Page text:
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by Philip Van Munching
Simon & Schuster Audio, 2005
Review by Anthony R Dickinson, Ph.D. on Jul 4th 2006

Boys Will Put You on a Pedestal (So They Can Look Up Your Skirt)

Written with much passion and good humor, this work is a delight to share, and in its audiobook version (read by the author), deserves an audience well beyond its original target (his own daughters). Begun as a project designed to provide a frank, confessional "Dad's advice for daughters", writing down thoughts before speaking in the fear of simply embarrassing himself, there is much for everyone here -- mothers and sons, grandparents, and singletons alike.

I am not fully in agreement with all of the views expressed (and Yes, the 'how to deal with guy stuff' is rightly included), but there is much 'good, solid advice' that I could list here (and the reasons why I like them). Van Munching takes on issues with TV soap operas (their poorness as role-model provision and why few of us 'out here' cannot be saved by the commercial breaks as the actors so often are!), physical possessions (how and why to get rid of them), fate and romance (why 'soulmates' rarely turn out to be such), boyfriends (include how to identify the right one, and how & why to get rid of them if they are not!). However, the author also has a tendency on occasion to preach a little with regards certain do's and don'ts with respect to his own lifestyle choices and personal beliefs. For example, rather than listing the cautions associated with tattooing and body-piercing, I would have preferred to hear more about young ladies being encouraged to think about what their bodies are designed to DO, rather than how they look; or to be better schooled in how to explain about the exclusiveness and intimacy of sexual activity, rather than being told simply that it is so. However, many parents may forgive Van Munching for these omissions given his honesty and depth of genuine concern in offering to share his values with such personal humility and openness.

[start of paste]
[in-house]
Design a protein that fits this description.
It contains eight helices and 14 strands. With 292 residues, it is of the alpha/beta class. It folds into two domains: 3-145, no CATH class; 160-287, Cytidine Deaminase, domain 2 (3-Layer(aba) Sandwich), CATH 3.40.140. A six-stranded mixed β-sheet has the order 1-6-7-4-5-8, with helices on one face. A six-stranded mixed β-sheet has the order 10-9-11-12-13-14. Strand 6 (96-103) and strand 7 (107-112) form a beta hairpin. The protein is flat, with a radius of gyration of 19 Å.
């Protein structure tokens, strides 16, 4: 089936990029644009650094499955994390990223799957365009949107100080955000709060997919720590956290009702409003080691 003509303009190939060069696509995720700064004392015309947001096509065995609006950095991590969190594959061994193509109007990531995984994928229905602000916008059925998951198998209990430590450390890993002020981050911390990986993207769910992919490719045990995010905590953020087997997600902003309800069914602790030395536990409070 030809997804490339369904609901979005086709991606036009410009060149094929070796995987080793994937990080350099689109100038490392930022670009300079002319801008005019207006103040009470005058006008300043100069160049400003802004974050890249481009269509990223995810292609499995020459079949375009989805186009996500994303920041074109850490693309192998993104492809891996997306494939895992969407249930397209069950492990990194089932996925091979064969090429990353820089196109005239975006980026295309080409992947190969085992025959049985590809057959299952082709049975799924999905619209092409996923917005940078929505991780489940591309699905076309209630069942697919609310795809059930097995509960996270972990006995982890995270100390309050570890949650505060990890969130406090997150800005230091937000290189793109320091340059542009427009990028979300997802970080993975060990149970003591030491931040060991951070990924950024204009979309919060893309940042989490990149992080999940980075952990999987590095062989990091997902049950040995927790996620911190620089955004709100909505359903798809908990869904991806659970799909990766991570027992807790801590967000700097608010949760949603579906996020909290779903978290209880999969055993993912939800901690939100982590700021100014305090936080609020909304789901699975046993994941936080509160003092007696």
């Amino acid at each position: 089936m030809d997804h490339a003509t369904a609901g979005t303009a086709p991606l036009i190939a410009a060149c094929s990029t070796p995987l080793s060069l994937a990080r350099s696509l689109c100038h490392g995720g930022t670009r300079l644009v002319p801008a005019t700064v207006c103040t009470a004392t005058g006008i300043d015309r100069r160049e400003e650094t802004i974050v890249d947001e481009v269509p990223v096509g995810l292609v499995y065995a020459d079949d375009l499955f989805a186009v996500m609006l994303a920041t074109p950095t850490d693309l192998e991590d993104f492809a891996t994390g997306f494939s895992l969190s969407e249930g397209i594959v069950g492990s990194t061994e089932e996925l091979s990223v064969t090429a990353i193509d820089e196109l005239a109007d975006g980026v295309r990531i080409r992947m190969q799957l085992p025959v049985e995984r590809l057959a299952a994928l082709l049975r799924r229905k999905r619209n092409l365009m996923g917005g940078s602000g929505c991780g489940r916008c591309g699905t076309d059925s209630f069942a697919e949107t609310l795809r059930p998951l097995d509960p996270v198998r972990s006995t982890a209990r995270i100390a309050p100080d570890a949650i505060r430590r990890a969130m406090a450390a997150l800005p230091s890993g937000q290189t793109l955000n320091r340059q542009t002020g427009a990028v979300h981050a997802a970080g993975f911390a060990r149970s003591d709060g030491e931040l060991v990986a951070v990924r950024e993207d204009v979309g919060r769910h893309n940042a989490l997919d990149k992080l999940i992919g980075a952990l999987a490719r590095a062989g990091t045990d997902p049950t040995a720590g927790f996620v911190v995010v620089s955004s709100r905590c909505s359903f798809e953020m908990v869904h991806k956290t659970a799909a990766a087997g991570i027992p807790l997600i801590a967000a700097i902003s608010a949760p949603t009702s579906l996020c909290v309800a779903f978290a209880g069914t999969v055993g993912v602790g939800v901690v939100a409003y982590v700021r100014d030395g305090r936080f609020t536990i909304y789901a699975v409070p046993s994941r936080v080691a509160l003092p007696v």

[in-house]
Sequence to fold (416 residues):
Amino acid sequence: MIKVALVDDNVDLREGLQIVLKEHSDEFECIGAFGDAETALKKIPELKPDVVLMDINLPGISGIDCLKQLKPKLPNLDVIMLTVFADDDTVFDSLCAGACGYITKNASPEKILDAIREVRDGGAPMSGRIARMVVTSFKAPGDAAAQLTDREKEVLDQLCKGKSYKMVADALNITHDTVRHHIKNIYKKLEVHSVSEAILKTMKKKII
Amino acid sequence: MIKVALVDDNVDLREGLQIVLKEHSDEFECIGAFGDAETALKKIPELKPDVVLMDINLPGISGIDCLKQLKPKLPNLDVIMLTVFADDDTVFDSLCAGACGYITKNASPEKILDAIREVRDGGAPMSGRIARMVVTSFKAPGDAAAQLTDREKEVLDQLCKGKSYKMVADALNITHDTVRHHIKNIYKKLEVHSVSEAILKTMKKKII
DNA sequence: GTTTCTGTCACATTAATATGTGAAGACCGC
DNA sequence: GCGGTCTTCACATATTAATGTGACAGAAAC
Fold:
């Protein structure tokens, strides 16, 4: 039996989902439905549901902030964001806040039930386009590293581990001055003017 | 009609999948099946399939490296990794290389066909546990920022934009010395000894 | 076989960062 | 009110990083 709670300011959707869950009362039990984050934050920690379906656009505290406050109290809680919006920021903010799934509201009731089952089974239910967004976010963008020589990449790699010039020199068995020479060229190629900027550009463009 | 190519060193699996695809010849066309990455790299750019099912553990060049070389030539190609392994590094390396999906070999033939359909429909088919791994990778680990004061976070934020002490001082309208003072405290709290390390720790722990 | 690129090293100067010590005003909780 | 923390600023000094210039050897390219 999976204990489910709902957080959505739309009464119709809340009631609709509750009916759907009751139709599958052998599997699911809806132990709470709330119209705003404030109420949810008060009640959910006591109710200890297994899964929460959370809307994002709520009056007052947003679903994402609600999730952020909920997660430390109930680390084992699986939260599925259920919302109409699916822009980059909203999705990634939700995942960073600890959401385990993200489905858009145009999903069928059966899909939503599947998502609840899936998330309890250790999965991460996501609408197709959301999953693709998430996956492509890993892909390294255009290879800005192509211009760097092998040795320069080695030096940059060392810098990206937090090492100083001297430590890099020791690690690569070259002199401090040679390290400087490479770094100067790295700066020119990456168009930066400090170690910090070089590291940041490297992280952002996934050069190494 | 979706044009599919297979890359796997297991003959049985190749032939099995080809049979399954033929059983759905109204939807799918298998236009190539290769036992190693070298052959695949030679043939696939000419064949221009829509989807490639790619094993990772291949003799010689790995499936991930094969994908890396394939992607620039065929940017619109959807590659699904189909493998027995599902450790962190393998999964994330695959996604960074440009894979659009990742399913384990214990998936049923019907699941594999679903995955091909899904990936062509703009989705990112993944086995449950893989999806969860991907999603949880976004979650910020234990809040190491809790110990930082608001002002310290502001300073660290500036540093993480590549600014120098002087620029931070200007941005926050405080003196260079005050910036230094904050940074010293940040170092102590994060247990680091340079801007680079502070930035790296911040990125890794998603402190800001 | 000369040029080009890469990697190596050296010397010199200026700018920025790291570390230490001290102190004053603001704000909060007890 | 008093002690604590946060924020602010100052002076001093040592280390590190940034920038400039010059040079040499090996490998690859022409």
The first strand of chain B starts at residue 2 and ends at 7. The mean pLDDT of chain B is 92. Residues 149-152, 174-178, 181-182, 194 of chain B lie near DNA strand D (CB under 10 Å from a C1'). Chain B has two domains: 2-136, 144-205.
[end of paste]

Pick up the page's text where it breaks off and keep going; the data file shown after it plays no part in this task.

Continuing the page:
One surprising feature of this volume (at least for me) was its welcome scattering of occasional references to significant gender issues with regards the personal and social 'differences' between boys and girls, and especially so as they may relate to their post-pubertal adolescent years. Many teenagers would do well to consider the real-life experiences of the author, and his reflections upon them, in explaining the possible causal factors giving rise to the finding that boys and girls of the same age so often explain their behavior (both their own and that of others) very differently. Indeed, for those parents neither able nor willing to discuss some of the more sensitive issues raised here, I would certainly suggest their considering giving this book to their children to read (both boys and girls) – with the hope that they may thereafter at least have been exposed to its specific content, which will surely be of great interest to them all.

Certainly not an academic book based on research findings, but neither a volume to be consigned solely to the humor shelf, this is a welcome addition to the bookshelf of anyone wishing to provide serious, yet entertaining, discussion material designed to aid young ladies (and young gentlemen) through their journey from middle-school right through to their college and university days.

 

© 2006 Tony Dickinson

 

Dr. Tony Dickinson, Washington University School of Medicine, St. Louis, MO. USA., &  People Impact Consulting (Asia).